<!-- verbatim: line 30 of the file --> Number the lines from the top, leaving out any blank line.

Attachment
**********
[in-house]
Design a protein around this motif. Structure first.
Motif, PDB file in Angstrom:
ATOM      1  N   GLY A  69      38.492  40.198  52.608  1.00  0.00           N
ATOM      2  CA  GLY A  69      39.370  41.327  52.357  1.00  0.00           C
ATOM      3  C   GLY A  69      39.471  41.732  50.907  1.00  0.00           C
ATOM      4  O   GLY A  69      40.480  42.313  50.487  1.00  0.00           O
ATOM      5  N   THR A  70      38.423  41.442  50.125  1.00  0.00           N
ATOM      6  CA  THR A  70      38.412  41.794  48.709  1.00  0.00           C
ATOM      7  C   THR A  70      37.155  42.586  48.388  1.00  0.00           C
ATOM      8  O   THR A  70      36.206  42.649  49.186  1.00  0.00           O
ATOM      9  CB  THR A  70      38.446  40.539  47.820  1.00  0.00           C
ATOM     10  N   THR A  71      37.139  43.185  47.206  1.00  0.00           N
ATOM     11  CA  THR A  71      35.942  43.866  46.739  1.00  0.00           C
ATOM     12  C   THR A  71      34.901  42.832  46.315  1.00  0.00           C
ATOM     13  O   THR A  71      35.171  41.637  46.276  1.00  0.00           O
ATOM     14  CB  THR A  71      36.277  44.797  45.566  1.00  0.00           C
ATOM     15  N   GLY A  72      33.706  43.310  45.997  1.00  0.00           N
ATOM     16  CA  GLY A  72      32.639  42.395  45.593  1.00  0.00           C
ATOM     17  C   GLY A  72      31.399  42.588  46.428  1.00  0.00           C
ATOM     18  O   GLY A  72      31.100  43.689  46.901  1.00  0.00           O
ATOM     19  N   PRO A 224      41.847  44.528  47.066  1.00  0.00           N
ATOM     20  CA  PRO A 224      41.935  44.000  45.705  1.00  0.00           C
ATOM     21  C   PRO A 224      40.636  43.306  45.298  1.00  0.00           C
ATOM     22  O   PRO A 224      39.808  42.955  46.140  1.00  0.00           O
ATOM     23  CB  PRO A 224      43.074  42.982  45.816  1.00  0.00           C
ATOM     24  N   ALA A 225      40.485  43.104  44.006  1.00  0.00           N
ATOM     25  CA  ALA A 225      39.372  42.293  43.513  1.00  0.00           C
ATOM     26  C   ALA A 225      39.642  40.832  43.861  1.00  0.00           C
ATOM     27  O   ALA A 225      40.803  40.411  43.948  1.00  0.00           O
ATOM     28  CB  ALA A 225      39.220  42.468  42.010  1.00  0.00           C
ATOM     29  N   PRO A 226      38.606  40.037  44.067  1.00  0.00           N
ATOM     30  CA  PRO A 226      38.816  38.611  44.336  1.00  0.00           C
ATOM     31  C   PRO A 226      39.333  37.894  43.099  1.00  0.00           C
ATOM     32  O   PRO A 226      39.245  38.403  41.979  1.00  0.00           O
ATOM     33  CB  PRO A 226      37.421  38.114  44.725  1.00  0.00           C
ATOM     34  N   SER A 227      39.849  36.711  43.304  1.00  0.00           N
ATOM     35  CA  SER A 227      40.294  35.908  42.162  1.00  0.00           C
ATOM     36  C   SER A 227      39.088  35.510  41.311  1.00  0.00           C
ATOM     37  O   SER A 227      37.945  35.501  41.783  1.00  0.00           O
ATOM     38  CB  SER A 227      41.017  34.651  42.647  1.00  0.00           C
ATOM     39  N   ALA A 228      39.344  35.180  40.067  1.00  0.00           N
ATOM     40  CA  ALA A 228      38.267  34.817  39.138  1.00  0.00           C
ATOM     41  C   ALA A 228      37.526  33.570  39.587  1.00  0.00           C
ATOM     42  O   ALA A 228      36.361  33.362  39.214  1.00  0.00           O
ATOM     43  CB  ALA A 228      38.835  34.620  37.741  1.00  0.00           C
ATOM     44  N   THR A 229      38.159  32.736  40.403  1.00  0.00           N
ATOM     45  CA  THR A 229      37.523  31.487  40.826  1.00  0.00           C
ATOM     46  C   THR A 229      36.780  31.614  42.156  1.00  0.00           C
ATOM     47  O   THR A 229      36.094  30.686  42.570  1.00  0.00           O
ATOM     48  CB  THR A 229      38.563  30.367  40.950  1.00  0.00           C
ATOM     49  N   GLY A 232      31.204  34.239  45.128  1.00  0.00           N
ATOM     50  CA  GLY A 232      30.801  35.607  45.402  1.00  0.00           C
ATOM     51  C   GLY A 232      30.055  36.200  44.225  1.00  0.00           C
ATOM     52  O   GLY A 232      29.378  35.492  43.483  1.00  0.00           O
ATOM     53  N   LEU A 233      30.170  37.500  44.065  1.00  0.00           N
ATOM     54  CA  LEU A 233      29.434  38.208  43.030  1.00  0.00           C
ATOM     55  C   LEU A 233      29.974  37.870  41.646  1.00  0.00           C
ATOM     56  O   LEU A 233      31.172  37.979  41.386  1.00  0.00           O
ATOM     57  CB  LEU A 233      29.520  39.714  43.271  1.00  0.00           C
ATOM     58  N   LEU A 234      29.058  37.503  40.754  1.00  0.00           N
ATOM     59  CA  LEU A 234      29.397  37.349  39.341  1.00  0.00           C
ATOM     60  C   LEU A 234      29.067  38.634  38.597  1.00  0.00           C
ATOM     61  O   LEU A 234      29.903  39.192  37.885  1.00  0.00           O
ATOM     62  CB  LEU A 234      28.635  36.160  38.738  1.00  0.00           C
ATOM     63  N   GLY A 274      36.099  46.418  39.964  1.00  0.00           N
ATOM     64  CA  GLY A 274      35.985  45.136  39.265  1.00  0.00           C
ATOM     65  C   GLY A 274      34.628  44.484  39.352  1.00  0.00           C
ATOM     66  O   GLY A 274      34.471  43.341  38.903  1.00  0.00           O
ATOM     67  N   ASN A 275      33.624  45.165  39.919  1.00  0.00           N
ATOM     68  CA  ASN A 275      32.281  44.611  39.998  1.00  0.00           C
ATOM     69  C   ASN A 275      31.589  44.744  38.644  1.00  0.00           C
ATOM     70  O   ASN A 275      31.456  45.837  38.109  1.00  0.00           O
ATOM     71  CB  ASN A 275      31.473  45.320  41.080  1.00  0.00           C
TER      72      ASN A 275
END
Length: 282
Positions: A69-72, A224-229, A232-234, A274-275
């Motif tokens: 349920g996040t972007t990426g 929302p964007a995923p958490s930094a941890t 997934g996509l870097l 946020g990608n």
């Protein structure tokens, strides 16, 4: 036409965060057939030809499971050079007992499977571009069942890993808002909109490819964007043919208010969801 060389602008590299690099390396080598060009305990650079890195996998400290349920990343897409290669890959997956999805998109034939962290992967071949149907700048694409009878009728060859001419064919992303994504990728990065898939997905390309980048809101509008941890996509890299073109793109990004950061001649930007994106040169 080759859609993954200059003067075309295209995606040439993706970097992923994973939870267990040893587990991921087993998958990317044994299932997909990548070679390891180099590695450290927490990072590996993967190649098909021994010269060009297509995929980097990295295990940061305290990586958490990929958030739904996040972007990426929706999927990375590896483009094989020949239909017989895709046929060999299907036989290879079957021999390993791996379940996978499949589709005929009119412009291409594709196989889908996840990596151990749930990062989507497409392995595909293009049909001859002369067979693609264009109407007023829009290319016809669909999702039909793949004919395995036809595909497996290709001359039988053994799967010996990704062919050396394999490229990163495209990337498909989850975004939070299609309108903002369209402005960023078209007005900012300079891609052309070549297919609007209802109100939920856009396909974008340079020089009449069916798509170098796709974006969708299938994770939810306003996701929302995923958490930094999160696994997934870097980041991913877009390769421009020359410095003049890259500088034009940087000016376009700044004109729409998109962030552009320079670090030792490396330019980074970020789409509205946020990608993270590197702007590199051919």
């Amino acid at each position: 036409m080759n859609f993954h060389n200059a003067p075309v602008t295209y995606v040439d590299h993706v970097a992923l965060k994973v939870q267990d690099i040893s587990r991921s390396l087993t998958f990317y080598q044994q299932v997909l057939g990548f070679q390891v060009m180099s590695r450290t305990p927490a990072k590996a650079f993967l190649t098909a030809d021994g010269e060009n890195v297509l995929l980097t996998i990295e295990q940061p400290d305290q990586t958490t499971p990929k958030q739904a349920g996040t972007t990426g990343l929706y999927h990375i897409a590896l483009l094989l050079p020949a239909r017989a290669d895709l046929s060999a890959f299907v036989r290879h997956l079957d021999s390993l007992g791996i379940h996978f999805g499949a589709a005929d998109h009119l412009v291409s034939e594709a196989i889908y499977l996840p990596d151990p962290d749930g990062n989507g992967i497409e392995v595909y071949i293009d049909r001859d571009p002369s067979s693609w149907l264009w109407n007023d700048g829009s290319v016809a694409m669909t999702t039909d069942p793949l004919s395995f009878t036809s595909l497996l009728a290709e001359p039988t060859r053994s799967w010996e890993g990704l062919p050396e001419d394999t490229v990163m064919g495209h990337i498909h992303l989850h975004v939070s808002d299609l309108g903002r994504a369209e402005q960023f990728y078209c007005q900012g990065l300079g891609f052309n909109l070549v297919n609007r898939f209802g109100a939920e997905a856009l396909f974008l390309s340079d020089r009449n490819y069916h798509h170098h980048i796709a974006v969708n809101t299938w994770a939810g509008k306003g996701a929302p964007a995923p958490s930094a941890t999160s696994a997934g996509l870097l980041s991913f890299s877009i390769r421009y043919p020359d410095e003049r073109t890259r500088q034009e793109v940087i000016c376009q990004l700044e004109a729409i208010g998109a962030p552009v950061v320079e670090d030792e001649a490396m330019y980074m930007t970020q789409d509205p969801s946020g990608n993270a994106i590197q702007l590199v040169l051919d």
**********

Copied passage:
ATOM     27  O   ALA A 225      40.803  40.411  43.948  1.00  0.00           O